A contig--from the word "contiguous"--is a series of overlapping DNA sequences used to make a physical map that reconstructs the original DNA sequence of a chromosome or a region of a chromosome. A contig can also refer to one of the DNA sequences used in making such a map.
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A chromosome is a very long molecule of DNA. And it is very hard to study it at once, so what researchers do is they break it into smaller pieces and they sequence each one of those individual pieces first, and then they attempt to put it together to reconstruct the original chromosome sequence. A contig is the physical map, which results from putting together several little overlapping bits of DNA into a longer sequence. The contig is the physical map resulting from taking small pieces of DNA that overlap and putting them together into a longer sequence.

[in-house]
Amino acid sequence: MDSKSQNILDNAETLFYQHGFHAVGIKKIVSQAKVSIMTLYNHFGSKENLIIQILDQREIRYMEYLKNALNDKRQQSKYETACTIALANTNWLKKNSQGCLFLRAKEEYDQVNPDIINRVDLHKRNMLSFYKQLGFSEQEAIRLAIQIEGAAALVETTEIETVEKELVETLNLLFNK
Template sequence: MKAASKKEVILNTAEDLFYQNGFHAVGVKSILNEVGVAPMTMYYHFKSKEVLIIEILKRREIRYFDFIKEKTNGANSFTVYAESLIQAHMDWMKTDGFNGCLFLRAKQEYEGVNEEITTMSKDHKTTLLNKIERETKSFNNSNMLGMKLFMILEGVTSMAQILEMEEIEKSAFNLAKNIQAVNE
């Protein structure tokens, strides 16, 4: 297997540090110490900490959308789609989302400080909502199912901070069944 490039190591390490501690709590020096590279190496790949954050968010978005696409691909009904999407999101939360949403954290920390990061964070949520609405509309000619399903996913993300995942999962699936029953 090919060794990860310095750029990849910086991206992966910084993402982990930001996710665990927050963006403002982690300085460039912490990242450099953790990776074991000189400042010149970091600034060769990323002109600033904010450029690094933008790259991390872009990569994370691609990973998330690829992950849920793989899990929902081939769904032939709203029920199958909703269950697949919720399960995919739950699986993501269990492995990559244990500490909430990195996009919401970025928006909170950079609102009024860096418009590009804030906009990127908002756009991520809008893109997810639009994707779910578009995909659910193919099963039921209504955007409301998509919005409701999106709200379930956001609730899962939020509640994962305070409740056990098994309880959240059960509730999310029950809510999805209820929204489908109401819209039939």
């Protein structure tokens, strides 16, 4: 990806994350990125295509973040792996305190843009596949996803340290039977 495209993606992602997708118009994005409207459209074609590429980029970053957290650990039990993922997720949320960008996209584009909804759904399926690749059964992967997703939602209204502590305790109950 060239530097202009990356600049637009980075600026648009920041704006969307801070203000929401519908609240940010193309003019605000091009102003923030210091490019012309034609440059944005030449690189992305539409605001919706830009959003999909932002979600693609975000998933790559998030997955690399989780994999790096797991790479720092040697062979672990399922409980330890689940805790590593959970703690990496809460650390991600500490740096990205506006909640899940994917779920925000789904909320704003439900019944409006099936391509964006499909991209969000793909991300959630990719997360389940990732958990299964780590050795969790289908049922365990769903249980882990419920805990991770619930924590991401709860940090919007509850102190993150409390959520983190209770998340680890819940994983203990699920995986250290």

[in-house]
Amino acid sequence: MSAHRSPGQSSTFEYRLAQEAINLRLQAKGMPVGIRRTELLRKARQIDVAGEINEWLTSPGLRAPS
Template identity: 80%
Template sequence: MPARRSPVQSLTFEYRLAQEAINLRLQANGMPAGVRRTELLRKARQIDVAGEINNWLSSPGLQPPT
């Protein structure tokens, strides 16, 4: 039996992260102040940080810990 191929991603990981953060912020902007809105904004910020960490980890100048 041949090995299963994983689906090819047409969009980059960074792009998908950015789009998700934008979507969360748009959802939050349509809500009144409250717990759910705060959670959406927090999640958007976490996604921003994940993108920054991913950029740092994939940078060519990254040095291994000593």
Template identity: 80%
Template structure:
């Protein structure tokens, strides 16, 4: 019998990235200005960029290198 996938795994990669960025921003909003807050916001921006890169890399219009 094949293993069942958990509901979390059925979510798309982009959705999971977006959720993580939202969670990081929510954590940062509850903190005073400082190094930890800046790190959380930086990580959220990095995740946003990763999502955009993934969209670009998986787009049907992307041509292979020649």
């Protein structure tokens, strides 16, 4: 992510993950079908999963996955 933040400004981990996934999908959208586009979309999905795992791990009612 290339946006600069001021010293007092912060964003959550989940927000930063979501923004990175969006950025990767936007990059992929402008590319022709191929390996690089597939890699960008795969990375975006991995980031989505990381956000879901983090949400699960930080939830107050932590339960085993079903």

Belen Hurle, Ph.D.
Research Fellow Training Program Coordinator
Dr. Belen Hurle is a staff scientist in the Division of Intramural Research and a program coordinator in the Intramural Training Office. Her current area of research is the study of primate genomes as a way to enhance our understanding of human evolutionary biology. She uses a comparative genomics approach that involves sequencing targeted areas of up to 20 different primate genomes and comparing them to each other and to the human genome with the help of bioinformatics tools. As a program coordinator, she oversees the training experience of NHGRI postdoctoral fellows and summer students.